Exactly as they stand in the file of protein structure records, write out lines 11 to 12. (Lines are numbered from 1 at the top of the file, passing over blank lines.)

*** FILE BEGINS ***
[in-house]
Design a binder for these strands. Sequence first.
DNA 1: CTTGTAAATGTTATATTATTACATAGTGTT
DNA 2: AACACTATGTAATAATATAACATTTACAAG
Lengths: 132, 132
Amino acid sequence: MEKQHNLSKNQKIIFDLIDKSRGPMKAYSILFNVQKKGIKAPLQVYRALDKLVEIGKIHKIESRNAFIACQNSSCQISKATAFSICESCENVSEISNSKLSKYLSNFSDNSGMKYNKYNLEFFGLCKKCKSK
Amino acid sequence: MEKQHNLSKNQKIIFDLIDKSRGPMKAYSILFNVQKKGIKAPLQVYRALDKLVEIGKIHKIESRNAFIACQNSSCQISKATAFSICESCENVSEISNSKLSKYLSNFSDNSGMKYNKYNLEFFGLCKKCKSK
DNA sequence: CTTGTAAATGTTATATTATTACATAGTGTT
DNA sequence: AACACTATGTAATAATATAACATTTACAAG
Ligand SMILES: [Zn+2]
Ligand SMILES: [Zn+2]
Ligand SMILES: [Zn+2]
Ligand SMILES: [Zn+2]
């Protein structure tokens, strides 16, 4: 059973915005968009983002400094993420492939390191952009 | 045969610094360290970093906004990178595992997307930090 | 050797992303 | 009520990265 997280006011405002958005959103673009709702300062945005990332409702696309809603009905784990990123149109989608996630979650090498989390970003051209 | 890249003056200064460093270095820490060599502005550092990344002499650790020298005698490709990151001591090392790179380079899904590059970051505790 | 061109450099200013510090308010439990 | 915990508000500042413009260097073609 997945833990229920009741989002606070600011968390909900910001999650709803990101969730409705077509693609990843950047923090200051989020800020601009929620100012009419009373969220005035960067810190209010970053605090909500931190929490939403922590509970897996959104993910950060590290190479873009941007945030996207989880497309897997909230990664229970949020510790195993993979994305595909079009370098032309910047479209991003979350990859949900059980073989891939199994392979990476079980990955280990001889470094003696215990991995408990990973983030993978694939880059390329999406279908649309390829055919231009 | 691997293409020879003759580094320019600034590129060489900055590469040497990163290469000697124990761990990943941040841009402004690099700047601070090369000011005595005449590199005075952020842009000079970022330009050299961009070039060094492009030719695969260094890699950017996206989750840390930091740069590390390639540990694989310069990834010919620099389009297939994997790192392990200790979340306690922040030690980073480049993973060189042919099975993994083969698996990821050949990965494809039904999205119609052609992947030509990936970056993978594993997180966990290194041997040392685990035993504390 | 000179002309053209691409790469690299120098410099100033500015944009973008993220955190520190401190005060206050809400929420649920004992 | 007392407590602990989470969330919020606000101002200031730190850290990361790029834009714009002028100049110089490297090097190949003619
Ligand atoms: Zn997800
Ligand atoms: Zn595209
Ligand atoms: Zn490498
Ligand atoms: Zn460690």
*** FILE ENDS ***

Ligand SMILES: [Zn+2]
Ligand SMILES: [Zn+2]